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Characterization of emerging populations of Fusarium oxysporum f. sp. conglutinans causing cabbage wilt in China

Liu, Xing, Ling, Jian, Xiao, Zhiliang, Xie, Bingyan, Fang, Zhiyuan, Yang, Limei, Zhang, Yangyong, Lv, Honghao, Yang, Yuhong
Phytopathologische Zeitschrift 2017 v.165 no.11-12 pp. 813-821
Fusarium oxysporum f. sp. conglutinans, Fusarium wilt, agar, cabbage, cultivars, disease severity, financial economics, pathogenicity, pathogens, races, spores, temperature, China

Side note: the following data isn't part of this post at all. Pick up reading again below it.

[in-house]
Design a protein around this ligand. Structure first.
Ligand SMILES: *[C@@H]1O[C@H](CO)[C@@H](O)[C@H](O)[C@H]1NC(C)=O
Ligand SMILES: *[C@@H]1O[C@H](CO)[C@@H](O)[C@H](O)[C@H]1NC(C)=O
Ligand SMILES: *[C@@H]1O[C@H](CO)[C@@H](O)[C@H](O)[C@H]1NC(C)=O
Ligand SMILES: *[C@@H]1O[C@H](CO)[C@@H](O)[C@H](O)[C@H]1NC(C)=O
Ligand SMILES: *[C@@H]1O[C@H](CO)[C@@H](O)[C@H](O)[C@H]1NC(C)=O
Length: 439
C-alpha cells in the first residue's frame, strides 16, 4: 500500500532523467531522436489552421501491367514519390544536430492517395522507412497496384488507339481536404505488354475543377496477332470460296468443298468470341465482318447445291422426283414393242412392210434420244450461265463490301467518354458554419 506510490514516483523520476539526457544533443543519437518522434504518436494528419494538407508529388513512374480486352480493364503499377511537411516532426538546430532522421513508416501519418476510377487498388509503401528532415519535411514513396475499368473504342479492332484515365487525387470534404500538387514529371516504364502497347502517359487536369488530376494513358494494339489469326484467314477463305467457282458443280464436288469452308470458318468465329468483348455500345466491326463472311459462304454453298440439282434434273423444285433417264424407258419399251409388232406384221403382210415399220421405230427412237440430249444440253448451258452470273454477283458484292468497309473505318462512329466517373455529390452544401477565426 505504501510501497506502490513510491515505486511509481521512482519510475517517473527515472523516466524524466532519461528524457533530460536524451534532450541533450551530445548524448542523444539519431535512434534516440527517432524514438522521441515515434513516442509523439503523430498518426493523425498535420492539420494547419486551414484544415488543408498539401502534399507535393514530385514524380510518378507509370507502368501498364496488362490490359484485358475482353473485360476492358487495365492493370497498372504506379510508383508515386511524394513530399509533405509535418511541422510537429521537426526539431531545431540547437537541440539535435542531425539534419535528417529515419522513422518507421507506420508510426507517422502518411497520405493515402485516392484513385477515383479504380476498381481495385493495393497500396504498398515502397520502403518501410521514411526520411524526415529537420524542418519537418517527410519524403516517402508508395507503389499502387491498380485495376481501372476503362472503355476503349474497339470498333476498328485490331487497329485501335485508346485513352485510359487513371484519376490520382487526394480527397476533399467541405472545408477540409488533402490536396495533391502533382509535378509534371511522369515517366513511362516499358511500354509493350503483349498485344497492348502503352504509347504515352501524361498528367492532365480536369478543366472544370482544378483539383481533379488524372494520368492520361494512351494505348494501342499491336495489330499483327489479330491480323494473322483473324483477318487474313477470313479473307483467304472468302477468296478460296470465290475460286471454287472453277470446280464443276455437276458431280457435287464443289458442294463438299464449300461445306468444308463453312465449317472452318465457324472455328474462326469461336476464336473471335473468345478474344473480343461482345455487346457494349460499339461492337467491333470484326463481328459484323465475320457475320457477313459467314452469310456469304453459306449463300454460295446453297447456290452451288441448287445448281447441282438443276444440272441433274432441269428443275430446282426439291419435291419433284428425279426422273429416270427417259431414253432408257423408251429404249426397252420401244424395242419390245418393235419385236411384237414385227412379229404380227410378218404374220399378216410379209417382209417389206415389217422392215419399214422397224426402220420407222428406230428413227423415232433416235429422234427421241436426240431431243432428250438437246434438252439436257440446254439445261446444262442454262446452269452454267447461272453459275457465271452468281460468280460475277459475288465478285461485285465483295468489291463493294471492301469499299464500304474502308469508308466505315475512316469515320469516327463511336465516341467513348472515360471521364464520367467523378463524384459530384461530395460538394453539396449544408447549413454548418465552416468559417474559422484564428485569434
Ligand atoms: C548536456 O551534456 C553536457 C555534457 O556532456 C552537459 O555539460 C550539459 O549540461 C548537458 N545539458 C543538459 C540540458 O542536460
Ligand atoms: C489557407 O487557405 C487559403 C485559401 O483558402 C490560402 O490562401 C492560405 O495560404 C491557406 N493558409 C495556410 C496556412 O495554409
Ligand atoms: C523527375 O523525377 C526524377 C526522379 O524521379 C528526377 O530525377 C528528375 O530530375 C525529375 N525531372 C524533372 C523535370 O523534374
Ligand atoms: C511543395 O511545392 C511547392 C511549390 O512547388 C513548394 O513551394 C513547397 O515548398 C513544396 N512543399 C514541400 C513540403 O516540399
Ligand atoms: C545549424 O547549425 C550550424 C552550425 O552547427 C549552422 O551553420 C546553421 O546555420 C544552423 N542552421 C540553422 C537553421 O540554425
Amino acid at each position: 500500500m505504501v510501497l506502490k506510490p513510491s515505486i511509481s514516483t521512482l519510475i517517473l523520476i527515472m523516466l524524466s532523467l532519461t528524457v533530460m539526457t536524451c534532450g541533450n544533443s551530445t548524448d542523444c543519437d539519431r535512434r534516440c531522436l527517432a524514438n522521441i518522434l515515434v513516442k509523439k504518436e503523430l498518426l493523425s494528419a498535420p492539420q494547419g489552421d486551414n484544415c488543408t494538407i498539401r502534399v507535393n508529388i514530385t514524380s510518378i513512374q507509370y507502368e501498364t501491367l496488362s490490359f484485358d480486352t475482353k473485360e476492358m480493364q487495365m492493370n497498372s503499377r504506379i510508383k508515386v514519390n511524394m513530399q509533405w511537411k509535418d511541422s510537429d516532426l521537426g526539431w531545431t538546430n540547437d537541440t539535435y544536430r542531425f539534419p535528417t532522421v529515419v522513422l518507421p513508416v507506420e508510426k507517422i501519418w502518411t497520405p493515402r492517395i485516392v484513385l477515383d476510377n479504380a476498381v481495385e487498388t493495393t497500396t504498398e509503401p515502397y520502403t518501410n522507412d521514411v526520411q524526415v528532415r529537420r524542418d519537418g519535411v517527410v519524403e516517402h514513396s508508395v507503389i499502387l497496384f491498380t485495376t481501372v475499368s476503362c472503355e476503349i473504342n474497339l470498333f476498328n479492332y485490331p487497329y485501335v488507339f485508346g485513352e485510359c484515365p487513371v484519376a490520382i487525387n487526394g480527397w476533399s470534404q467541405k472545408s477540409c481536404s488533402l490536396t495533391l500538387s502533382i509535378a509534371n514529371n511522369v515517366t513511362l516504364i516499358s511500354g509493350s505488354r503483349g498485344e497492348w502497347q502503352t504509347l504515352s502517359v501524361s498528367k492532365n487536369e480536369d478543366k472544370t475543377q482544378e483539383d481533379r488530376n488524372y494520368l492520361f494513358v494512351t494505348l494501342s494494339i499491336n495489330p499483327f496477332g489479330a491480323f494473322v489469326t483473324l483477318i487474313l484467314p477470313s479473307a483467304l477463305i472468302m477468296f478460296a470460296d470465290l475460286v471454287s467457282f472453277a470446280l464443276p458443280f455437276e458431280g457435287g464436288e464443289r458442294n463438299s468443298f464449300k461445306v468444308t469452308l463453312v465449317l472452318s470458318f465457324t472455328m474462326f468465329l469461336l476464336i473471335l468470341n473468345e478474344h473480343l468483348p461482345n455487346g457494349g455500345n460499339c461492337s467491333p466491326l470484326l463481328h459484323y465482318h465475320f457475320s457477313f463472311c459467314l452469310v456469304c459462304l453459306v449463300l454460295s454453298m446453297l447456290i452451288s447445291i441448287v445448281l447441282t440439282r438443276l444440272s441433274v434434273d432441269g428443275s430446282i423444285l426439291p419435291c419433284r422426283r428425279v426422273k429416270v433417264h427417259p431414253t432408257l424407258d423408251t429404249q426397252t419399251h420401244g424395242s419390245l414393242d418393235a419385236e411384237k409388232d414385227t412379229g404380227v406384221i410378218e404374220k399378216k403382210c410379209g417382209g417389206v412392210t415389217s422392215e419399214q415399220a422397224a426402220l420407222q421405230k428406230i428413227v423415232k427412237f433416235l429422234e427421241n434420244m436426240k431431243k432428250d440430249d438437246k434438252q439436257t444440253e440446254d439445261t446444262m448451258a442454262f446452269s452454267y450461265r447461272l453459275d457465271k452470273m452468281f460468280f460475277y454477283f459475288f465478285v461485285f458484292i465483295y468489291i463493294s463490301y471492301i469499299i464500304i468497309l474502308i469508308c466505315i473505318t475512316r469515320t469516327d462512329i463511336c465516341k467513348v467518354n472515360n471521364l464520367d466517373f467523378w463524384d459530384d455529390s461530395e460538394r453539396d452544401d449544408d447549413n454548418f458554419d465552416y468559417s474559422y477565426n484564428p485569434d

Fusarium oxysporum f. sp. conglutinans (FOC) causes Fusarium wilt, a disease of cabbage that has brought about significant economic loss throughout northern China since it was first detected in 2001. To characterize the Chinese FOC isolates, we compared the cultural characteristics, pathogenicity and races between the Chinese isolates and the type strains (race 1: 52,557 and race 2: 58,385). The Chinese FGL‐03‐6 isolate had cultural characteristics similar to those of strain 52,557, including colony growth rate, colony and spore characteristics and responses to temperature changes, while the strain 58,385 grew faster, produced more pigment and spores and was more adaptable to temperature fluctuations. The lethal temperature for all strains was 60°C, and the optimal temperatures for pathogen growth on potato dextrose agar and pathogenicity on plants were 25°C and 25 to 30°C, respectively. Tests for race and pathogenicity indicated that different cabbage cultivars had similar resistance reactions to FGL‐03‐6 and 52,557. However, the pathogenicity of FGL‐03‐6 was similar to that of 58,385, which infected quickly and caused more severe disease symptoms. This study further provides information regarding characterizing different strains of F. oxysporum f. sp. conglutinans.